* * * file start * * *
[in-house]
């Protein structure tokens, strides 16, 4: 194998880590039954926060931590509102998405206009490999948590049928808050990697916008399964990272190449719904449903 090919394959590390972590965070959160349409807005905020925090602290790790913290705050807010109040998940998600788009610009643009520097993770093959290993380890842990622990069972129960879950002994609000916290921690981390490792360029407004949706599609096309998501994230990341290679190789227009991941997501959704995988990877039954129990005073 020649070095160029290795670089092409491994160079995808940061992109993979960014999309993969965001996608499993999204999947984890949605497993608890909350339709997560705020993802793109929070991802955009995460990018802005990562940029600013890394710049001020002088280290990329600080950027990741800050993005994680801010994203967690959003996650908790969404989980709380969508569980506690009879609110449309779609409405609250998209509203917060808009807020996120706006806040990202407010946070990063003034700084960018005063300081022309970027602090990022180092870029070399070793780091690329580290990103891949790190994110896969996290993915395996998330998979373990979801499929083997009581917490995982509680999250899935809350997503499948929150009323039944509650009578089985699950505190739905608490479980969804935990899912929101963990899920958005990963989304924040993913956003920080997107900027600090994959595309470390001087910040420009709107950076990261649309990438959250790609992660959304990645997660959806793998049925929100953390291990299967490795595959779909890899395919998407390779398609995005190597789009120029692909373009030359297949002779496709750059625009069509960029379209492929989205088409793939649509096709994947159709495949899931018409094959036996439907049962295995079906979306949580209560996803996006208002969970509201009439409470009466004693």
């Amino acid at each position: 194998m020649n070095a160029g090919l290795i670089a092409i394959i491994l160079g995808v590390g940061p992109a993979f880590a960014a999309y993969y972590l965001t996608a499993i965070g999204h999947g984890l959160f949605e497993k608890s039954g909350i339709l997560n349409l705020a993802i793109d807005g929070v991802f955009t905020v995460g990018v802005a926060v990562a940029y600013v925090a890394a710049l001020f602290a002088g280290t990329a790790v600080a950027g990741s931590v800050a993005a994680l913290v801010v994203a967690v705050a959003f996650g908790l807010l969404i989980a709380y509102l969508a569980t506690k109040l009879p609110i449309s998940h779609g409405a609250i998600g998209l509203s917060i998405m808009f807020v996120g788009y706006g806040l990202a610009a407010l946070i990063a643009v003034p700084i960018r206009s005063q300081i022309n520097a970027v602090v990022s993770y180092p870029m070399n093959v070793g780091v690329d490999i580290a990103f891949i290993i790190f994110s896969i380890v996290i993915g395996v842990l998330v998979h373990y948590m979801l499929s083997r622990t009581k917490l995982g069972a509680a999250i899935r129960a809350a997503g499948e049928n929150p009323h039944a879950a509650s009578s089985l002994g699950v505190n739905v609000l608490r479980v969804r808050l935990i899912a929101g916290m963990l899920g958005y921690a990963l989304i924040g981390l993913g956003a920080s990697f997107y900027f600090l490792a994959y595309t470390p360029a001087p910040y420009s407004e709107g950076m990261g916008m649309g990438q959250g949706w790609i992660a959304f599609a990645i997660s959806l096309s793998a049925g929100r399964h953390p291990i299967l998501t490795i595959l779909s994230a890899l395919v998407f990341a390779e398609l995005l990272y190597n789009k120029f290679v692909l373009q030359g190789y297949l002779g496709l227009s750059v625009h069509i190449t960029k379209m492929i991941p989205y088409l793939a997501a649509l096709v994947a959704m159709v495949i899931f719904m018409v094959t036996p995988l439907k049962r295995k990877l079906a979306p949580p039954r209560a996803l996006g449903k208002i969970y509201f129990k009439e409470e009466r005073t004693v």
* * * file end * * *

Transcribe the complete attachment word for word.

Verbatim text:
[in-house]
């Protein structure tokens, strides 16, 4: 194998880590039954926060931590509102998405206009490999948590049928808050990697916008399964990272190449719904449903 090919394959590390972590965070959160349409807005905020925090602290790790913290705050807010109040998940998600788009610009643009520097993770093959290993380890842990622990069972129960879950002994609000916290921690981390490792360029407004949706599609096309998501994230990341290679190789227009991941997501959704995988990877039954129990005073 020649070095160029290795670089092409491994160079995808940061992109993979960014999309993969965001996608499993999204999947984890949605497993608890909350339709997560705020993802793109929070991802955009995460990018802005990562940029600013890394710049001020002088280290990329600080950027990741800050993005994680801010994203967690959003996650908790969404989980709380969508569980506690009879609110449309779609409405609250998209509203917060808009807020996120706006806040990202407010946070990063003034700084960018005063300081022309970027602090990022180092870029070399070793780091690329580290990103891949790190994110896969996290993915395996998330998979373990979801499929083997009581917490995982509680999250899935809350997503499948929150009323039944509650009578089985699950505190739905608490479980969804935990899912929101963990899920958005990963989304924040993913956003920080997107900027600090994959595309470390001087910040420009709107950076990261649309990438959250790609992660959304990645997660959806793998049925929100953390291990299967490795595959779909890899395919998407390779398609995005190597789009120029692909373009030359297949002779496709750059625009069509960029379209492929989205088409793939649509096709994947159709495949899931018409094959036996439907049962295995079906979306949580209560996803996006208002969970509201009439409470009466004693």
């Amino acid at each position: 194998m020649n070095a160029g090919l290795i670089a092409i394959i491994l160079g995808v590390g940061p992109a993979f880590a960014a999309y993969y972590l965001t996608a499993i965070g999204h999947g984890l959160f949605e497993k608890s039954g909350i339709l997560n349409l705020a993802i793109d807005g929070v991802f955009t905020v995460g990018v802005a926060v990562a940029y600013v925090a890394a710049l001020f602290a002088g280290t990329a790790v600080a950027g990741s931590v800050a993005a994680l913290v801010v994203a967690v705050a959003f996650g908790l807010l969404i989980a709380y509102l969508a569980t506690k109040l009879p609110i449309s998940h779609g409405a609250i998600g998209l509203s917060i998405m808009f807020v996120g788009y706006g806040l990202a610009a407010l946070i990063a643009v003034p700084i960018r206009s005063q300081i022309n520097a970027v602090v990022s993770y180092p870029m070399n093959v070793g780091v690329d490999i580290a990103f891949i290993i790190f994110s896969i380890v996290i993915g395996v842990l998330v998979h373990y948590m979801l499929s083997r622990t009581k917490l995982g069972a509680a999250i899935r129960a809350a997503g499948e049928n929150p009323h039944a879950a509650s009578s089985l002994g699950v505190n739905v609000l608490r479980v969804r808050l935990i899912a929101g916290m963990l899920g958005y921690a990963l989304i924040g981390l993913g956003a920080s990697f997107y900027f600090l490792a994959y595309t470390p360029a001087p910040y420009s407004e709107g950076m990261g916008m649309g990438q959250g949706w790609i992660a959304f599609a990645i997660s959806l096309s793998a049925g929100r399964h953390p291990i299967l998501t490795i595959l779909s994230a890899l395919v998407f990341a390779e398609l995005l990272y190597n789009k120029f290679v692909l373009q030359g190789y297949l002779g496709l227009s750059v625009h069509i190449t960029k379209m492929i991941p989205y088409l793939a997501a649509l096709v994947a959704m159709v495949i899931f719904m018409v094959t036996p995988l439907k049962r295995k990877l079906a979306p949580p039954r209560a996803l996006g449903k208002i969970y509201f129990k009439e409470e009466r005073t004693v």